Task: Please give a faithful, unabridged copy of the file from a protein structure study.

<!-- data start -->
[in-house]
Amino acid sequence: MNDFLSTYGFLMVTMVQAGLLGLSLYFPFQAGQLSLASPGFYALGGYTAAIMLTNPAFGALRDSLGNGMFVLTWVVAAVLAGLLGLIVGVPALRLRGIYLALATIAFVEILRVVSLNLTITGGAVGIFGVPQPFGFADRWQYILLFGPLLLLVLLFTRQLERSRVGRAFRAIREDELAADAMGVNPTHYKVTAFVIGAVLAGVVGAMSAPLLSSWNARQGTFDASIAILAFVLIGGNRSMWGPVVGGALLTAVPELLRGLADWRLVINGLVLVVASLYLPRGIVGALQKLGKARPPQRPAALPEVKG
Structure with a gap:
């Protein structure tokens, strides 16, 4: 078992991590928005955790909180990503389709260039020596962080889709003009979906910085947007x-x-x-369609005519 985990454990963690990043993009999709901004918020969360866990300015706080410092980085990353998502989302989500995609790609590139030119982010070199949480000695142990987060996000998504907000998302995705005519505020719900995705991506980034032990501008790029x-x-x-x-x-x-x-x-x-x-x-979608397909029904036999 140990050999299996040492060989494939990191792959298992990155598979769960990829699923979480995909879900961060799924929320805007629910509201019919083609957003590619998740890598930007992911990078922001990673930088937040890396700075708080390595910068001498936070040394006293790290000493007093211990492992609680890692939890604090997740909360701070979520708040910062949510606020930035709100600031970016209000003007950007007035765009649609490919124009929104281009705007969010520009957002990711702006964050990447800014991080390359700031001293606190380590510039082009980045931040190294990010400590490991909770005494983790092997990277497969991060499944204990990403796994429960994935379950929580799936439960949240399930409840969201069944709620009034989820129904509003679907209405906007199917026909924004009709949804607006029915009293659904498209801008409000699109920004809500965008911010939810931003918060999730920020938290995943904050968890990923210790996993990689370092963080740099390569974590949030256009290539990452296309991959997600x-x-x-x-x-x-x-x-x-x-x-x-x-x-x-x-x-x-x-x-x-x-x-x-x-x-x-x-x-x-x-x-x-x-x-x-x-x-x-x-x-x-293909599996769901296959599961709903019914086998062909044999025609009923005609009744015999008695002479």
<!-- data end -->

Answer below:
[in-house]
Amino acid sequence: MNDFLSTYGFLMVTMVQAGLLGLSLYFPFQAGQLSLASPGFYALGGYTAAIMLTNPAFGALRDSLGNGMFVLTWVVAAVLAGLLGLIVGVPALRLRGIYLALATIAFVEILRVVSLNLTITGGAVGIFGVPQPFGFADRWQYILLFGPLLLLVLLFTRQLERSRVGRAFRAIREDELAADAMGVNPTHYKVTAFVIGAVLAGVVGAMSAPLLSSWNARQGTFDASIAILAFVLIGGNRSMWGPVVGGALLTAVPELLRGLADWRLVINGLVLVVASLYLPRGIVGALQKLGKARPPQRPAALPEVKG
Structure with a gap:
């Protein structure tokens, strides 16, 4: 078992991590928005955790909180990503389709260039020596962080889709003009979906910085947007x-x-x-369609005519 985990454990963690990043993009999709901004918020969360866990300015706080410092980085990353998502989302989500995609790609590139030119982010070199949480000695142990987060996000998504907000998302995705005519505020719900995705991506980034032990501008790029x-x-x-x-x-x-x-x-x-x-x-979608397909029904036999 140990050999299996040492060989494939990191792959298992990155598979769960990829699923979480995909879900961060799924929320805007629910509201019919083609957003590619998740890598930007992911990078922001990673930088937040890396700075708080390595910068001498936070040394006293790290000493007093211990492992609680890692939890604090997740909360701070979520708040910062949510606020930035709100600031970016209000003007950007007035765009649609490919124009929104281009705007969010520009957002990711702006964050990447800014991080390359700031001293606190380590510039082009980045931040190294990010400590490991909770005494983790092997990277497969991060499944204990990403796994429960994935379950929580799936439960949240399930409840969201069944709620009034989820129904509003679907209405906007199917026909924004009709949804607006029915009293659904498209801008409000699109920004809500965008911010939810931003918060999730920020938290995943904050968890990923210790996993990689370092963080740099390569974590949030256009290539990452296309991959997600x-x-x-x-x-x-x-x-x-x-x-x-x-x-x-x-x-x-x-x-x-x-x-x-x-x-x-x-x-x-x-x-x-x-x-x-x-x-x-x-x-x-293909599996769901296959599961709903019914086998062909044999025609009923005609009744015999008695002479």